Contracts Administrator

A Contracts Administrator manages business contracts for the corporation, including sales, employment, purchasing, and other contracts. This role is  responsible for creating, reviewing, and negotiating contracts and changes for compliance, cost, and suitability. The contracts administrator  interfaces between the corporation and the client, vendor, or employee to negotiate terms and conditions and make sure they budget. They also track contracts to ensure everyone meets the terms.

Corporate Secretary

Both public and private corporations must have a corporate secretary who acts as an adviser to the board of directors and the executive team. This role is often assigned to one of the corporate officers, usually General Counsel, for convenience—not because they share similar responsibilities. These roles are distinctly different. Where General Counsel provides legal advice, the Corporate Secretary does not.

The Corporate Secretary supports the board and C-suite team and develops corporate governance policies and board practices. This might include creating and managing audit, finance, and risk management committees. The corporate secretary attends meetings, prepares documents, records minutes, and ensures the Board operates according to the bylaws, articles of incorporation, and more.

How is an in-house legal department structured? 

The work done by the corporate legal team serves every single department in the organization, so take the time to really consider the in-house legal department structure that will help your business grow and function efficiently.

In general, legal departments are structured either by function or by the type of client work they specialize in. Depending on the size of the organization and location of the team, a combination of the two structures might make the most sense. For example, remote in-house counsel may choose to structure their teams based on a team member’s time zone in relation to certain clients.

Other factors that can impact an in-house legal team structure include:

  • Size of the team
  • Department budget (Can you afford to increase headcount or invest in digital solutions to optimize the team’s efficiency?)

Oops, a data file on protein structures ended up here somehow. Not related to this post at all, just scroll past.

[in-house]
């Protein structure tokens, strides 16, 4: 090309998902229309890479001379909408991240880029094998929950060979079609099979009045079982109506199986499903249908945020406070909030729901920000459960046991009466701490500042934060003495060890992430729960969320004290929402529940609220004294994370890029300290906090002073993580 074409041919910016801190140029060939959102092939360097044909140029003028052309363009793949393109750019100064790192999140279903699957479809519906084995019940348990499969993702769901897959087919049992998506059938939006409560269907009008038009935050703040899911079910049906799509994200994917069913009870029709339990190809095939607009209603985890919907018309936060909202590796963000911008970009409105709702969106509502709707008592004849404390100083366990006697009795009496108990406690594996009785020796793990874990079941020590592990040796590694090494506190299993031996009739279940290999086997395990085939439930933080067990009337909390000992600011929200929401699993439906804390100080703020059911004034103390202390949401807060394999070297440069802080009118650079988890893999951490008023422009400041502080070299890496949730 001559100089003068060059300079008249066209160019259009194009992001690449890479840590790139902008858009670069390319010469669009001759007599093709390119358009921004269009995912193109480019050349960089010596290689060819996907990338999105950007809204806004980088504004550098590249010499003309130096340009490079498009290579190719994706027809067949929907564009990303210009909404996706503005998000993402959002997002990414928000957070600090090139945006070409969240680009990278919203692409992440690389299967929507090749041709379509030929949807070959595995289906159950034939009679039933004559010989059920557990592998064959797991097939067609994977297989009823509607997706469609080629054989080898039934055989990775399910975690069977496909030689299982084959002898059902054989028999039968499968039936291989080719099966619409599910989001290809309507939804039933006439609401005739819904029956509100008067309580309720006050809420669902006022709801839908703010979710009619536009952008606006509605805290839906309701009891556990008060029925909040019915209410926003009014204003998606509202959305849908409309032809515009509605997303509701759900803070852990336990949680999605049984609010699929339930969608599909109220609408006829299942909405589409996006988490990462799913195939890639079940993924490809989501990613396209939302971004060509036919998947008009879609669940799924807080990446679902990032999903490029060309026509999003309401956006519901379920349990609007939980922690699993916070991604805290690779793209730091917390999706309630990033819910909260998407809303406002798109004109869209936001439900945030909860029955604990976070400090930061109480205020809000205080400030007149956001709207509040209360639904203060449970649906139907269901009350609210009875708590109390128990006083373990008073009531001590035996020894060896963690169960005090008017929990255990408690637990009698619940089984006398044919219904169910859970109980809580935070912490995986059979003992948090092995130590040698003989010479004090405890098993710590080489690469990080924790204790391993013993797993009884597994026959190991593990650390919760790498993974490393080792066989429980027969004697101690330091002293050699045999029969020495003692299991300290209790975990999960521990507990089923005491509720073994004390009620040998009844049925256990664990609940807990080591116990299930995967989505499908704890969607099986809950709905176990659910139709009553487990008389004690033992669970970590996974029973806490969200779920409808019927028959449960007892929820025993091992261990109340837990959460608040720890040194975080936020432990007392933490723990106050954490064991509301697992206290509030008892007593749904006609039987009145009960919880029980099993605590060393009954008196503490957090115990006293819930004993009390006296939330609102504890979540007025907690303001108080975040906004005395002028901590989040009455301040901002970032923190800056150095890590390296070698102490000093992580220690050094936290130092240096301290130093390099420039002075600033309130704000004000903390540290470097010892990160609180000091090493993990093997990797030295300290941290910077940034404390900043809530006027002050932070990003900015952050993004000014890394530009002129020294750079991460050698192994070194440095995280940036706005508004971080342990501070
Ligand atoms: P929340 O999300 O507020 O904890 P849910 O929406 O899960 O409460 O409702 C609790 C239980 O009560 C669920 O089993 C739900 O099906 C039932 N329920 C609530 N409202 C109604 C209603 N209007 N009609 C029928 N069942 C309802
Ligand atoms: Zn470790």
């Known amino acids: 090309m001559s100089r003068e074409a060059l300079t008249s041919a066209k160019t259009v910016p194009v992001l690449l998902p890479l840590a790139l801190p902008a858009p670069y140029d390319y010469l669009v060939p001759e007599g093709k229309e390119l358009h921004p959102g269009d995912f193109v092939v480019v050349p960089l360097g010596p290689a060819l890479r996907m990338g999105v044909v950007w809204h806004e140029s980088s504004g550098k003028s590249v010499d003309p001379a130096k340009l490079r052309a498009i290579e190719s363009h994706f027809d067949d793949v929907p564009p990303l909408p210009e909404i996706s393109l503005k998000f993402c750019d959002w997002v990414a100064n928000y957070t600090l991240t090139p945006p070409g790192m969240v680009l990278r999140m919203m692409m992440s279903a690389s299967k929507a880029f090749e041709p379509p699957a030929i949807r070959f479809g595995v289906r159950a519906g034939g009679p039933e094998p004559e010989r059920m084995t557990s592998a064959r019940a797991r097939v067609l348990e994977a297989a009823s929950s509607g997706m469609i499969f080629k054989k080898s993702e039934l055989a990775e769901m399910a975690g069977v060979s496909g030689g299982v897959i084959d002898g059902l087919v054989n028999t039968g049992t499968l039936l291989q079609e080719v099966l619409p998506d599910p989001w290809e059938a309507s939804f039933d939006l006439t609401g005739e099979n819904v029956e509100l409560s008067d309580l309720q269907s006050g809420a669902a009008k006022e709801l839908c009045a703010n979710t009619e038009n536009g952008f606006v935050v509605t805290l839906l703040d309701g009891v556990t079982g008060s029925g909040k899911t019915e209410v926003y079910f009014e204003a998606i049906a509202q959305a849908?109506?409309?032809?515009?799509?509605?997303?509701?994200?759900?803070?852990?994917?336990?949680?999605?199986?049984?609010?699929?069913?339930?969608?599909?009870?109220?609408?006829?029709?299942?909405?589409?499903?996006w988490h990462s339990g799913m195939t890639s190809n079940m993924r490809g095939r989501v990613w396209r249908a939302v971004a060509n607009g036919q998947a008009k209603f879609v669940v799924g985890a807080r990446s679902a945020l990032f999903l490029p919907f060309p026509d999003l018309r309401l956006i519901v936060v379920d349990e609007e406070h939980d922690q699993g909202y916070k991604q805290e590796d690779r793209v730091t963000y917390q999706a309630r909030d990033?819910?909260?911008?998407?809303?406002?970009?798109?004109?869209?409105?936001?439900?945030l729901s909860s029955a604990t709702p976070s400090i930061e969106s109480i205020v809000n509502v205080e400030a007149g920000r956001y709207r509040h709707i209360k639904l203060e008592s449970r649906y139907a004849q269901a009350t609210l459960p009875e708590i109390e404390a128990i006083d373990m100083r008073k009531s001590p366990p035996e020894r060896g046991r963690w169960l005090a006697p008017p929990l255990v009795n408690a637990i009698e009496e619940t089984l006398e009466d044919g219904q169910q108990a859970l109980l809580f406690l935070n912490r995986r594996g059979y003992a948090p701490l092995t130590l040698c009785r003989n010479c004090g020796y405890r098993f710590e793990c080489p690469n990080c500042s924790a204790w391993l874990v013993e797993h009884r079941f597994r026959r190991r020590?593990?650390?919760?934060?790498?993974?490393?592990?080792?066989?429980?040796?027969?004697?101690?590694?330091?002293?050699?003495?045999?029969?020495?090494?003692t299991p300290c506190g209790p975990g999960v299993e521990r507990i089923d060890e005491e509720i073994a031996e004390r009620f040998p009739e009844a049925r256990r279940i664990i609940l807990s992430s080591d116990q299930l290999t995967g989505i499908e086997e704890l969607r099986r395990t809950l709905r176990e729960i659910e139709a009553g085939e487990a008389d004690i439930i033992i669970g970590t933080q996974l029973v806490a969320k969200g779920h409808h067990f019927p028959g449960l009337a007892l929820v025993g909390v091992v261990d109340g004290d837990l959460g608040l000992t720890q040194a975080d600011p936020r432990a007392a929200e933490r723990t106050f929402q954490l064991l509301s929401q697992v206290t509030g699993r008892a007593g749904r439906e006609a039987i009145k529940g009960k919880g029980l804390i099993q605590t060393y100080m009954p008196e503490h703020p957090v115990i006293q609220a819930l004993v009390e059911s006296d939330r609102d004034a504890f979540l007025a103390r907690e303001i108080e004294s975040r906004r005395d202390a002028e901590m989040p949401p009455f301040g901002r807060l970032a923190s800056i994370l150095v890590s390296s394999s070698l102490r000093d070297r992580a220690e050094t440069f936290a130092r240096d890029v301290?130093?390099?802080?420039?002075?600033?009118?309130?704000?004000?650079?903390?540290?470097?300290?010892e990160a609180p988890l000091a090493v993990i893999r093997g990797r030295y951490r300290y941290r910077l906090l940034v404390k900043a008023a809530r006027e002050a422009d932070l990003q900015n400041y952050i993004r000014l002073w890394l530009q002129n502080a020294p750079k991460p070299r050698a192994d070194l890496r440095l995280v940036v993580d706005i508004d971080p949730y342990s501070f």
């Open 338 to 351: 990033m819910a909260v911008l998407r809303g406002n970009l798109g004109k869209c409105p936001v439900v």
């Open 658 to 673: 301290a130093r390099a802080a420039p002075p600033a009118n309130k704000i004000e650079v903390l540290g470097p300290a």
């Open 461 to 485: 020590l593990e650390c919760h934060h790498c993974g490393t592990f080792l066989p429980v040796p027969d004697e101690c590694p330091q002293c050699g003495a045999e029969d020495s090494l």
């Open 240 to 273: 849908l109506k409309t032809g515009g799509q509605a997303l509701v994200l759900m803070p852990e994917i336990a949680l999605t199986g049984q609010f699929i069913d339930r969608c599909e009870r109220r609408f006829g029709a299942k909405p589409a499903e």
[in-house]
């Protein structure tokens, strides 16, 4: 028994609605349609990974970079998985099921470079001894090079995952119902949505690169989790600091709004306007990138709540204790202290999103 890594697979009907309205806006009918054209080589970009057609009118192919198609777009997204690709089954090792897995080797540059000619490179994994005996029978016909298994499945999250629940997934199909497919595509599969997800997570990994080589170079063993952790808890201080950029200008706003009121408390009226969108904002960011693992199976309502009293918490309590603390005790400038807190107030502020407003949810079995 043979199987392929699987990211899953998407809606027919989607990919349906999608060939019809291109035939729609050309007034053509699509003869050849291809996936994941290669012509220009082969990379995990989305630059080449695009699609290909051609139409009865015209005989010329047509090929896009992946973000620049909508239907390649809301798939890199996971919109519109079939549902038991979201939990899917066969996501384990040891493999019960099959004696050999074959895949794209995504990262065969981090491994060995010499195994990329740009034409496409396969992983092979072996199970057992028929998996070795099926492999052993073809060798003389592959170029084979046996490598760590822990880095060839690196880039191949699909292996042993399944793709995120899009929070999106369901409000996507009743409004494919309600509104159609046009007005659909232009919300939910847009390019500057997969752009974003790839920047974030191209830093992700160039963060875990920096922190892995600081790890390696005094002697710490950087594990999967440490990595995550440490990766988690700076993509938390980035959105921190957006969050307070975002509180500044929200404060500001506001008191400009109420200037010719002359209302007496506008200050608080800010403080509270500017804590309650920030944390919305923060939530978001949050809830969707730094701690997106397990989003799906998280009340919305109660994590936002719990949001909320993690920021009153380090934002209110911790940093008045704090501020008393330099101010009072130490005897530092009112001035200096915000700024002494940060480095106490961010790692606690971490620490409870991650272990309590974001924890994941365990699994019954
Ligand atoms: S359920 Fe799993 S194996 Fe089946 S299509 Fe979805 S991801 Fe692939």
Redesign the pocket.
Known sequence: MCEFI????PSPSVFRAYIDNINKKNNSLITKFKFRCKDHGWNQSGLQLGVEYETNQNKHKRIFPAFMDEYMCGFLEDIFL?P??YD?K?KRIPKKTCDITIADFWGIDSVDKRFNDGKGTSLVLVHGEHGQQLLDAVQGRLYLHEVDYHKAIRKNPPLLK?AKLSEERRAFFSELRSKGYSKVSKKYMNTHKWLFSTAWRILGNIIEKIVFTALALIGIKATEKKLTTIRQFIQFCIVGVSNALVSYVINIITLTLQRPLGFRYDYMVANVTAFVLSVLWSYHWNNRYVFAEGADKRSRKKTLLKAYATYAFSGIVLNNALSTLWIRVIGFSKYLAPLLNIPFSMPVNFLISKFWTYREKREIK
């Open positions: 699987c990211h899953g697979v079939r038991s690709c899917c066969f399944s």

• Team skills (generalists vs. specialists)

When should you expand your legal department?

In many companies, the budget ultimately determines if in-house counsel can scale to include more team members. However, GCs can make a case for expanding the legal department as the company scales or if the nature of the business evolves to require more specialized skills. Justifying team expansion is easier if GCs or other corporate counsel leaders can justify their ask with relevant metrics and insights gained from contract management software.

Whether you have the opportunity to expand your in-house legal team or not, these tips can help you develop a productive and valuable team structure:

  • Create defined roles to cover every major area of responsibility with a focus on achieving legal department goals
  • When creating and defining roles, explain the value that each position brings to the legal department in addition to the bottom line growth of your business.
  • Outline how each role works together or connects to other legal department roles, as well as to relevant positions in other departments.
  • Implement tools that allow for maximum collaboration and transparent communication within legal and across departments—for example, a CLM like Lexion can help you scale your legal team without additional heads. 

How in-house counsel can accelerate organizational growth

Corporate counsel is at the center of your organization. Whether you have a large corporation or a small company where roles overlap, productivity and organization in the legal department are critical. In order for your in-house team to close more deals and drive growth, they deserve the best digital solutions for the job. An AI-powered contract management system like Lexion helps you get organized so you can scale legal and accelerate deals.

But even with the right tools, good leaders still need the right skills to take a company to the next level. Our General Counsel Playbook is a GC’s guide to adding value to your organization and leading in-house counsel with confidence. Download it today, or check out our other guides for even more actionable advice.